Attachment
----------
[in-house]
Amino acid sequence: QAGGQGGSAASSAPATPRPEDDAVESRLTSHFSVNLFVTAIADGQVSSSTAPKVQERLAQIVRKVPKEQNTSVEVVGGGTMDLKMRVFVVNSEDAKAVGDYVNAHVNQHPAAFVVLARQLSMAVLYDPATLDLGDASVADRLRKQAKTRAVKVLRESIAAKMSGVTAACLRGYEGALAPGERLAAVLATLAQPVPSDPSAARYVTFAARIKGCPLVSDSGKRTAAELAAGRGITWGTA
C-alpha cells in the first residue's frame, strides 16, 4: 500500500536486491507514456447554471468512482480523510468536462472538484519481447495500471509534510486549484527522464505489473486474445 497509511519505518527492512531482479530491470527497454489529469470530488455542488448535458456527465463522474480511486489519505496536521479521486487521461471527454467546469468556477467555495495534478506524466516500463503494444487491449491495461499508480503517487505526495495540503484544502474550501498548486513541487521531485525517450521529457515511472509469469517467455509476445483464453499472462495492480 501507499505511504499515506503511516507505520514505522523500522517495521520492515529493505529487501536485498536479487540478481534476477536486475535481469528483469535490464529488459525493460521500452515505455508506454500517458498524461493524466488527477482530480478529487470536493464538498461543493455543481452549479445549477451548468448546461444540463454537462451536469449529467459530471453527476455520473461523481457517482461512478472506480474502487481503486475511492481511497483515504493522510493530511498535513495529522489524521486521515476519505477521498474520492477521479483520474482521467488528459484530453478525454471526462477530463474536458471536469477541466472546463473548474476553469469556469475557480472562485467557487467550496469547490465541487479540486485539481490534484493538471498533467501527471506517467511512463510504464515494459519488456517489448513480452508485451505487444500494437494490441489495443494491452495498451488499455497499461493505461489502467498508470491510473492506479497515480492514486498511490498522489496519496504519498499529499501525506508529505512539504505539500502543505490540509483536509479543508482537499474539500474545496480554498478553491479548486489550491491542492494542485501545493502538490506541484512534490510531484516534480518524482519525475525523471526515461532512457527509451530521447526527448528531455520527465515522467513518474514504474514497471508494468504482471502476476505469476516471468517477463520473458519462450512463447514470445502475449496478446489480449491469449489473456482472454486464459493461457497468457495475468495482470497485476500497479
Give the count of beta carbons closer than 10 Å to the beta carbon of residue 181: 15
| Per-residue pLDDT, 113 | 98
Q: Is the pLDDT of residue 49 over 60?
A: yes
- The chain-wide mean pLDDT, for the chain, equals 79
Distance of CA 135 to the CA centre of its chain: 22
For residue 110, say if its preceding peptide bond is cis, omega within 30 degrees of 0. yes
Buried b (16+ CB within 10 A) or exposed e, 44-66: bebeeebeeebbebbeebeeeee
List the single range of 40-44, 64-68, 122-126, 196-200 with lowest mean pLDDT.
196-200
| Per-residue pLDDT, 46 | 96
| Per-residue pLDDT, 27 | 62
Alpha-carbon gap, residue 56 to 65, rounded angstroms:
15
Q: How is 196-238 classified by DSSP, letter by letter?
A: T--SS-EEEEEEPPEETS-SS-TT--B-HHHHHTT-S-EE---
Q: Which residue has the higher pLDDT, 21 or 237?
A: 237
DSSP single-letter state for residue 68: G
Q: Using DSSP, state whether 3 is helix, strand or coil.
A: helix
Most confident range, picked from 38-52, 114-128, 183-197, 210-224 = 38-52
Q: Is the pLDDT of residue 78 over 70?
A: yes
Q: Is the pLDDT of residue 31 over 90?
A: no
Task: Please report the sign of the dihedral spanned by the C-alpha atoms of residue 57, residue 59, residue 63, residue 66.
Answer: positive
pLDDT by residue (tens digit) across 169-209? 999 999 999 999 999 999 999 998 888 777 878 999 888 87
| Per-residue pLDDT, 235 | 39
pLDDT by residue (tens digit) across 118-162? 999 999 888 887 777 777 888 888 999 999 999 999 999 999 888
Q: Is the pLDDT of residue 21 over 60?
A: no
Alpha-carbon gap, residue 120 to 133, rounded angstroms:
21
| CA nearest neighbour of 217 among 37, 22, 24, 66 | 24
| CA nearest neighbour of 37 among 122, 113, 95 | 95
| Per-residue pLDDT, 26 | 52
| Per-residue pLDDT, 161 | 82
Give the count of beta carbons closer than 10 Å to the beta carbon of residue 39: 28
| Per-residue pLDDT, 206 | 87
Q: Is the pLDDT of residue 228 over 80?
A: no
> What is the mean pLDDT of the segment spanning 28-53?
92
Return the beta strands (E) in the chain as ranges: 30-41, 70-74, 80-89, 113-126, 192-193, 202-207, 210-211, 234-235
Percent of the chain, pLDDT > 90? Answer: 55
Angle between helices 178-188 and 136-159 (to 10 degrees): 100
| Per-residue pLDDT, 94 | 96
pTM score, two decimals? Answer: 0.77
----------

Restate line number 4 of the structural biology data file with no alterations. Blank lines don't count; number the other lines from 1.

Give the count of beta carbons closer than 10 Å to the beta carbon of residue 181: 15